Hot, bitter coffee, espresso. I finish The Secret Chord this morning, on the settee on the porch. I feel rinsed, wrung. I have to be dragged back here, to this tropical island, from the scrubby, brutal, bloodwashed Israel I have occupied. I immediately download Swing Time, by Zadie Smith. Only a few more days to read for pleasure.
Last night we played cards on the little wooden table on the back deck – Spit, and Rummy, in the fading light. Then we headed over to the open air bar for a quick drink – eighteen dollars apiece, these drinks, and we have limited ourselves each day to just one. I got an espresso martini – it tasted like iced coffee, truly, although it was beautifully presented with a head of cool foam and five diagonal perfectly placed coffee beans. Above us we saw at last the stars, which have been hidden by clouds the past two nights. The lighting was low – they make a point to minimize light pollution here – so we saw more than we would at home, in the city. I settled into a long, low couch full of pillows, the Prof across from me in a low wicker chair. Behind us, at the bar, four people lined up on stools and enjoy whiskey, cigars. Across from us were several employees on a night off, enjoying a drink, dressed up. Above us was a pergola with no vines – the bar is new, I don’t know if they will plant anything here and train it up the sturdy poles or not, but it seems a little funny to build a roof that is not a roof – slatted, keeping off neither rain nor sun.
Back to the room, I read some more. I skimmed through a few work emails, nothing substantive, but enough to note that we lost a big appeal. I put it out of my mind. Then I slept, in the four poster bed, surrounded by sheer net curtains. They turn down the bed each day and untie the curtains, then tie them back up in the morning.
Now it is morning on our last full day, and the wind is gone at last, the sky seems clearer. Perhaps we can go to the beach without being sandblasted today. My muscles are somewhat sore so I do some yoga on the damp wood of the porch. Breakfast soon.
Yesterday was a fairly lazy day. After breakfast – over easy eggs, sausages, bacon – we started the day with pooltime. Relaxing – still windy, but still enough today that we can open an umbrella and not be fully cooked under the sun. Some trailing through the water, I swim a few laps. There are children this morning, noisy and splashing.
I read a little of Swing Time, stare out over the ocean, doze.
Midday, after a quick and very hot run through the plantation path, we move to the beach. I kayak once more. We lounge. We walk out to the shallow sandbar area – the tide is in, and the water comes up to our waists, but no higher. I see someone taking instagram pix on the shore – I see lots of this, posed pix. I mean I’m taking pictures, don’t get me wrong, but it’s funny to see women (always women) splaying their limbs and looking dramatic, all over the place. They are all very pretty.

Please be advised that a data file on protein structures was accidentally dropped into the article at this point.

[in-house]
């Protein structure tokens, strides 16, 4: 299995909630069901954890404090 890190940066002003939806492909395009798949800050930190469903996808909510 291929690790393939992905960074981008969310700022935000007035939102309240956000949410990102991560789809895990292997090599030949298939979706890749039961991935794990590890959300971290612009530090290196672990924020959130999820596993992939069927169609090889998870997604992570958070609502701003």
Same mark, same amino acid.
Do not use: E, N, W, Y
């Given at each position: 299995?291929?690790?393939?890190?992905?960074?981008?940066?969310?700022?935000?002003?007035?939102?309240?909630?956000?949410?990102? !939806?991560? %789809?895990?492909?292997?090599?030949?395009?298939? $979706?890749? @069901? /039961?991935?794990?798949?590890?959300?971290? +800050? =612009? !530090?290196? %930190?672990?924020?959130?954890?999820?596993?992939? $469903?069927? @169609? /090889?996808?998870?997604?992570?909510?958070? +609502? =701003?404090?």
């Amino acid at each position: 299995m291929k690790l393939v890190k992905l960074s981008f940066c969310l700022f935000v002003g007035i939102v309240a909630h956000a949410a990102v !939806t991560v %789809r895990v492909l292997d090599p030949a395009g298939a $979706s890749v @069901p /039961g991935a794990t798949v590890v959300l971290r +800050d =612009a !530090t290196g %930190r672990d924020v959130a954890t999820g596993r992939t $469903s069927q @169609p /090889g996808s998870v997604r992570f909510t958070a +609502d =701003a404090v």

That afternoon, we retreat to the room and I watch a show on Netflix, taking a break from the hot sun. We have afternoon tea – peanut butter and chocolate cakes, passionfruit macaroons, Darjeeling tea. Then a bit of snoozing before drinks and dinner. They serve complimentary drinks and appetizers at the beachfront bar – a “Drink with the Manager” type thing. We have oceans of wine and lots of delicious bites, then head over for our dinner reservations. We share a bottle of Spanish red wine, a salad, basil and mozzarella pizza and a lamb ragu with pappardelle pasta. Nothing stunning here but good, just the right amount. Then to bed.
This morning, we go to breakfast, then take another walk along the plantation path and run into an Earth Day celebration of sorts. We hadn’t intended to participate in this, but are greeted so warmly that we pretend we meant to join them all along. Some staff have gathered a few guests and we are planting trees – except we are permitted to do the bare minimum of work. Someone else dug the hole, unwrapped the coconut sapling, piled dirt – we literally pick the little tree up, put it in the hole, and then kick some dirt in. It all felt a little silly, but we were good sports I think.
After this, we walk down the path behind one of the plantation workers, and he takes us to a little table where he uses a machete to cut a hole in some coconuts so we can drink.
Then he carves me a little spoon out of a coconut hull, so I can scoop out some of the flesh. It’s lovely. The staff tell us some ways that coconut can be prepared – a way to make a sort of peanut brittle out of it, in a skillet. After enjoying some coconut delicacies, we head off down the path and say good-bye to the group, and I show the Prof the stream I ran by the other day.
Then it’s time to go back and pack up, take the ferry boat back to the main Cay where the airport is. It will be good to see the boys, but tough to leave paradise.